Lispian Random meanderings on whatever catches my fancy

How to make yourself indispensable

A fascinating article at Computer World on the 12 IT Skills that Employers Can’t Say No To.

I can quibble with parts of each list. I’m no fan of C++, Java, or C#. In fact, C is a better language to code in, though it is an extremely dangerous language to code in. C++ creates ugly code. If you’re going to do OOP why choose something that Alan Kay, the father of OOP, would never use, where in fact he said “When I invented the term ‘Object Oriented’, I didn’t have C++ in mind.” ‘nuf said. Besides, if you want to do kernel level work in Linux you’d better know C. C++ isn’t going to help you. It’d be better to code in a host of languages, all interoperating with one another via an underlying framework than picking a single language as though it’s some sort of Swiss Army Knife of computer science. I see more and more solutions coded in Python, Ruby, and PHP and as more things move to the Web and require Web-based interfaces I can see a greater need for AJAX, Python, Ruby, and PHP than I can for Java, C++, or C#. In fact, I consider Java the modern rendition of Cobol. Don’t believe me? Go code “Hello World” in Java and Cobol and see which one is smaller. Java is way too verbose. And the code is ugly to boot.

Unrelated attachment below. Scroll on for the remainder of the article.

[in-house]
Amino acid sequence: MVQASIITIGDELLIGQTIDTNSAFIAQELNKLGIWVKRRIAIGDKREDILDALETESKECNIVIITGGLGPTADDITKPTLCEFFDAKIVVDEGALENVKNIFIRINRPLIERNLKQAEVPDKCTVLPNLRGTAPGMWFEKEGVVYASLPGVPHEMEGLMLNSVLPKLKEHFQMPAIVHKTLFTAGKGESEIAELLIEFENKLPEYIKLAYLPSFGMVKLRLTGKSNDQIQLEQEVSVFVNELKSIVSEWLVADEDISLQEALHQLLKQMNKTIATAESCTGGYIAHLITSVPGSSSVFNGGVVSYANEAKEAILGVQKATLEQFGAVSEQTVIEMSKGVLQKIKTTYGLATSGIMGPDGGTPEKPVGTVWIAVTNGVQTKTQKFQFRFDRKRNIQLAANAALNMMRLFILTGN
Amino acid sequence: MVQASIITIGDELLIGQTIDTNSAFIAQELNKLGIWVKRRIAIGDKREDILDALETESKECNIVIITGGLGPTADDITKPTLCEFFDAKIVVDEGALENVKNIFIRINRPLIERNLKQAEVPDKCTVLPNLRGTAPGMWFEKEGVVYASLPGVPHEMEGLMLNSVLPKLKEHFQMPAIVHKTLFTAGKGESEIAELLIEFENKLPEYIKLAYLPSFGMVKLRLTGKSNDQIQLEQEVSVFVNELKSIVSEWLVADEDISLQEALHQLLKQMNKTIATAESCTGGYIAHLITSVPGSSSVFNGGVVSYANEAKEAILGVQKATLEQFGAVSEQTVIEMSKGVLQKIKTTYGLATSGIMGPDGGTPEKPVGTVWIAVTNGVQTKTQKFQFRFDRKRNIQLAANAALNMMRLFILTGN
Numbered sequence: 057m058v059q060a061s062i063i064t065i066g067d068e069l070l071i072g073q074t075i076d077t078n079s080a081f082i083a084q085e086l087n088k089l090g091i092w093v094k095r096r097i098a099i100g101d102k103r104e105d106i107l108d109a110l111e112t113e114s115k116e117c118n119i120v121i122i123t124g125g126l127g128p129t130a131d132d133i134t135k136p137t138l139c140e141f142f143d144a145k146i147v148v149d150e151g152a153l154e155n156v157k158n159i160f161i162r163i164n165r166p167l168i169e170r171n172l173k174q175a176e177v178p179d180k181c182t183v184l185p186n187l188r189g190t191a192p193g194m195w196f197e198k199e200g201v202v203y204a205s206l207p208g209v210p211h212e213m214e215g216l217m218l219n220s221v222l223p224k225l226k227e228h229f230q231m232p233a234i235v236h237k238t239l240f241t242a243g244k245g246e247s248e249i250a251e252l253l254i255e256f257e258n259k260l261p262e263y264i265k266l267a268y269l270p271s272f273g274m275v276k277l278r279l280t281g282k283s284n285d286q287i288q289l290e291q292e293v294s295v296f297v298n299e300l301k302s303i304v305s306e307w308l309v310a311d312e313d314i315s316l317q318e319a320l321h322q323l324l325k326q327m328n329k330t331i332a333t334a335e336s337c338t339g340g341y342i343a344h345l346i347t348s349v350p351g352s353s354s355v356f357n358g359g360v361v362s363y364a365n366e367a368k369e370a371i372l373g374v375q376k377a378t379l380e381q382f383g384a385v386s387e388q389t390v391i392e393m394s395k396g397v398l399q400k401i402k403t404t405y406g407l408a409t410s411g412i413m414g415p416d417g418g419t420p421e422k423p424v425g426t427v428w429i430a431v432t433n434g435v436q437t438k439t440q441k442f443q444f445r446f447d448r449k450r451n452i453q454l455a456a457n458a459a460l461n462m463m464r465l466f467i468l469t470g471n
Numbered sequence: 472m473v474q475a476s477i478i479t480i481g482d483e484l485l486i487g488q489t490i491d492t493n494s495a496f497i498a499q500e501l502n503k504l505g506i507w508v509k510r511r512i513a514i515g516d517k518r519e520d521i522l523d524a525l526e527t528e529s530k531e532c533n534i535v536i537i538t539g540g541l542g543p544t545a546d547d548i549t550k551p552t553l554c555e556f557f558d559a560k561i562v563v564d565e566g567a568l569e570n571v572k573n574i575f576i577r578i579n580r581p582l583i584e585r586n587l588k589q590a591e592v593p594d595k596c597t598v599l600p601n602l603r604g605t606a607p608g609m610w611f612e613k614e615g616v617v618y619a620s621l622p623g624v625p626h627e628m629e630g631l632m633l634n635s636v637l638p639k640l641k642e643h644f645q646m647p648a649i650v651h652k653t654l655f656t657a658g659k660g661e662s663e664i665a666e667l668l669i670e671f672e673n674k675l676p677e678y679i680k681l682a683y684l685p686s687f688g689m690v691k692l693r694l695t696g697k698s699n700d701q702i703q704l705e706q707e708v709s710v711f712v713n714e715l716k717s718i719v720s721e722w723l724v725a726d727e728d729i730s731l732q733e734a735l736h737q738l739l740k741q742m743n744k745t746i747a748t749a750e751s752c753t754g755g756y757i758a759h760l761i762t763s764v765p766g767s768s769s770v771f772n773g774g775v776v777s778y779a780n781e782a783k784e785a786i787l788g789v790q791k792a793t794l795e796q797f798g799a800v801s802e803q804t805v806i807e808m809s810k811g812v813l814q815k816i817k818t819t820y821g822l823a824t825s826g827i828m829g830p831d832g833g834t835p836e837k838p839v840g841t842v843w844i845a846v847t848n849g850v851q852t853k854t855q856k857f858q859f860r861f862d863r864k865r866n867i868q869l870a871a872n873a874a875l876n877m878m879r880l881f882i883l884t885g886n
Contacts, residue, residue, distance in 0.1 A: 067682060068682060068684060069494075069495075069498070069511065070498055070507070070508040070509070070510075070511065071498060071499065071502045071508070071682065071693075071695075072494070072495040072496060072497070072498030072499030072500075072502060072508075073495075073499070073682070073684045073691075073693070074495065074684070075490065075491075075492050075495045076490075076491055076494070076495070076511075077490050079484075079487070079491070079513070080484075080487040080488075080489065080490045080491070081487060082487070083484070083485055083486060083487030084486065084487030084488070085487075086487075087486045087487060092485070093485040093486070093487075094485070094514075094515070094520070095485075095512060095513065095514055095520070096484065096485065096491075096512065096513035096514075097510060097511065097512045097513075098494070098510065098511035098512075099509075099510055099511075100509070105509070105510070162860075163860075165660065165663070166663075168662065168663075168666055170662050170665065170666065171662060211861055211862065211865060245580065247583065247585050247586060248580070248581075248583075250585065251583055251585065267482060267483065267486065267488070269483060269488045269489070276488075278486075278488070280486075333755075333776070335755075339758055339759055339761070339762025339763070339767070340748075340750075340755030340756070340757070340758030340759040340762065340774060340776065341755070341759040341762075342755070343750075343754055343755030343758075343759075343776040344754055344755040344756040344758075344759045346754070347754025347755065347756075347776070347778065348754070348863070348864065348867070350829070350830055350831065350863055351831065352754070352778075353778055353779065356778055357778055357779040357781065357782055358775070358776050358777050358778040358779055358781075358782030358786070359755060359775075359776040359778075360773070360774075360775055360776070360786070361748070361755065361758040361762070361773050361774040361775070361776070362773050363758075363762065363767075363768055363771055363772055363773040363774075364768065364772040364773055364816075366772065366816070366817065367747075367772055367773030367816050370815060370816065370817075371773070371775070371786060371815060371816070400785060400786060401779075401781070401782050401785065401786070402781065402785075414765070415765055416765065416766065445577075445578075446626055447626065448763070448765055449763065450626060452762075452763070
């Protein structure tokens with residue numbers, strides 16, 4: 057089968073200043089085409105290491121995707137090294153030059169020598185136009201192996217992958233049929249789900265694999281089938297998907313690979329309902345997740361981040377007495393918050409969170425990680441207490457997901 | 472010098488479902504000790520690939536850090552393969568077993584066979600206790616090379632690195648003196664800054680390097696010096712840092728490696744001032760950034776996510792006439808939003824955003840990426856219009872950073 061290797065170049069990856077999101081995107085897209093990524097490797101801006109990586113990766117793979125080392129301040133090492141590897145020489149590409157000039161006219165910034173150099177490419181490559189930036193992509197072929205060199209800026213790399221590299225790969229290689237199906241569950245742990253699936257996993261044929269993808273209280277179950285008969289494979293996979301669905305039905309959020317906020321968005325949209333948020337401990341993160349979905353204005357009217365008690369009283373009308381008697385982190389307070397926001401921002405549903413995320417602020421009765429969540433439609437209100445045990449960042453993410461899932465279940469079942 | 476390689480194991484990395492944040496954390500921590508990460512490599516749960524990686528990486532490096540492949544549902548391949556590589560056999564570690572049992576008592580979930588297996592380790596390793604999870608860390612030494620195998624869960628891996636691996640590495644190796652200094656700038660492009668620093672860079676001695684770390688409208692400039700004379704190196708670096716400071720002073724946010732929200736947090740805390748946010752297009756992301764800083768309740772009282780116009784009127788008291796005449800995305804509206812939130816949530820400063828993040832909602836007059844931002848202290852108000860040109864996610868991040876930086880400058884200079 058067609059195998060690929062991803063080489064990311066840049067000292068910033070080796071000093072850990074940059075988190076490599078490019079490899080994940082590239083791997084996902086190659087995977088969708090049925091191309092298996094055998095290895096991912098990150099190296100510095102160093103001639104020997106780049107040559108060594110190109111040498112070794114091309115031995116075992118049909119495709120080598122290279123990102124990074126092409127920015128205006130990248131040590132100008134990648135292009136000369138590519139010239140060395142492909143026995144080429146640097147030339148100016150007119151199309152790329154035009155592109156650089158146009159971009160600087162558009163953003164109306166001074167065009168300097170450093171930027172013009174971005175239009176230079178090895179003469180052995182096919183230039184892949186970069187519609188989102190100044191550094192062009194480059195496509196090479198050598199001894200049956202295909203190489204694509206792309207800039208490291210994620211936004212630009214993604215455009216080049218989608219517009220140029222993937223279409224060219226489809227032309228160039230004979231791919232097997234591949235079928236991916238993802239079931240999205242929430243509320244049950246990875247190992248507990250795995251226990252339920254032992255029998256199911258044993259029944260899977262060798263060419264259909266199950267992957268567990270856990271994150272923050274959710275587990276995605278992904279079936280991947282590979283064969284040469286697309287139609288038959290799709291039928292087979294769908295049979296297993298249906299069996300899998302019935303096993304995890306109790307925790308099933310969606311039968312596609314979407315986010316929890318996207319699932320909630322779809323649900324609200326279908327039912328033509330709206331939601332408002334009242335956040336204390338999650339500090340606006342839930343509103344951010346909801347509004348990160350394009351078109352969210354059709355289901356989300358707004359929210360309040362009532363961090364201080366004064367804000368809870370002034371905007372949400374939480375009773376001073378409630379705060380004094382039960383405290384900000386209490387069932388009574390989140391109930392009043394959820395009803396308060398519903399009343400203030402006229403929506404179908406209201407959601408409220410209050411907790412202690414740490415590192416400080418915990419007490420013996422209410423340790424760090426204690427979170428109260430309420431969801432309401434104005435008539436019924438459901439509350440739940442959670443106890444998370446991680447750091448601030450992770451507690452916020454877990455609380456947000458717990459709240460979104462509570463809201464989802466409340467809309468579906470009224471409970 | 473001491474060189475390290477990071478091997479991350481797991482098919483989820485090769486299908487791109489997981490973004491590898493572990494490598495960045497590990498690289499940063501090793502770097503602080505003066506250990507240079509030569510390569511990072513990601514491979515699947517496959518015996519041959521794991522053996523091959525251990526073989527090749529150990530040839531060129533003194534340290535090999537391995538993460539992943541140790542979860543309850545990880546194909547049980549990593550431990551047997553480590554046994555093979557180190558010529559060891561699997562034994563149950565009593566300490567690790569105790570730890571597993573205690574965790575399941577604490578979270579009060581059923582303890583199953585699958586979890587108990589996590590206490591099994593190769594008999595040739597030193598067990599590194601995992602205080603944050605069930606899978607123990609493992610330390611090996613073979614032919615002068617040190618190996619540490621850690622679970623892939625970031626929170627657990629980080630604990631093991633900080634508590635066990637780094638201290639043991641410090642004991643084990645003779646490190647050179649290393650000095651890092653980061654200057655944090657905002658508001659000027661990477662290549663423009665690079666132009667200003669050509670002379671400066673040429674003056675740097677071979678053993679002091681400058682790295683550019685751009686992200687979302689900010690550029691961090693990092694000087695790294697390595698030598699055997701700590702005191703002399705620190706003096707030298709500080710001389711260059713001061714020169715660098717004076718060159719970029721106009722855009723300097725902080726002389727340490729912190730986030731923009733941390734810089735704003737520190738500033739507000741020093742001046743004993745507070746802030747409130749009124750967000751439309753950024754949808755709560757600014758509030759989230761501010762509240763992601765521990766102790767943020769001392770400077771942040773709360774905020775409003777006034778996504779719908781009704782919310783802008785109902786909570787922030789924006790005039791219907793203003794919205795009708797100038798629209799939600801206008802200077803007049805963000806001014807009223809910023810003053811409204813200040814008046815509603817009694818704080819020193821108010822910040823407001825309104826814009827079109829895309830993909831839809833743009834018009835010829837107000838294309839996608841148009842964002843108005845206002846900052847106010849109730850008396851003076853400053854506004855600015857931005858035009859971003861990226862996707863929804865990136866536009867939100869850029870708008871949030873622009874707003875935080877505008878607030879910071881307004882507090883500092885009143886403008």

Also interesting, non-relational databases may well be seeing a resurgence, but not due to a fault of relational databases but due to disk and data set size. You can get a great idea of where databases may well be headed over at The Database Column, especially their article on disk trends. It was an eye-opener for me, and makes ample sense esp. as I start working on larger and larger data stores out of sheer necessity.

I can’t argue with the rest of the dying list.

In the end it’s interesting comparing the list of “gotta have” vs. the list of “dead or dying”, as seen in the article The Top 10 Dead (or Dying) Computer Skills. Here’s a handy table to see what’s in and what’s out and to see what side of the curve you lie.

Gotta Have Skills Dying or Dead Skills
Machine Learning Cobol
Mobilizing Applications Nonrelational DBMS
Wireless Networking Non-IP Networks
Human-Computer Interface cc:Mail
Project Management ColdFusion
General Networking Skills PowerBuilder
Network Convergence Technicians Certified NetWare Engineers
Open Source Programming PC Network Administrators
Business Intelligence Systems OS/2
Embedded Security
Digital Home Technology Integration
.Net, C#, C++, Jave — With an Edge

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October 2007
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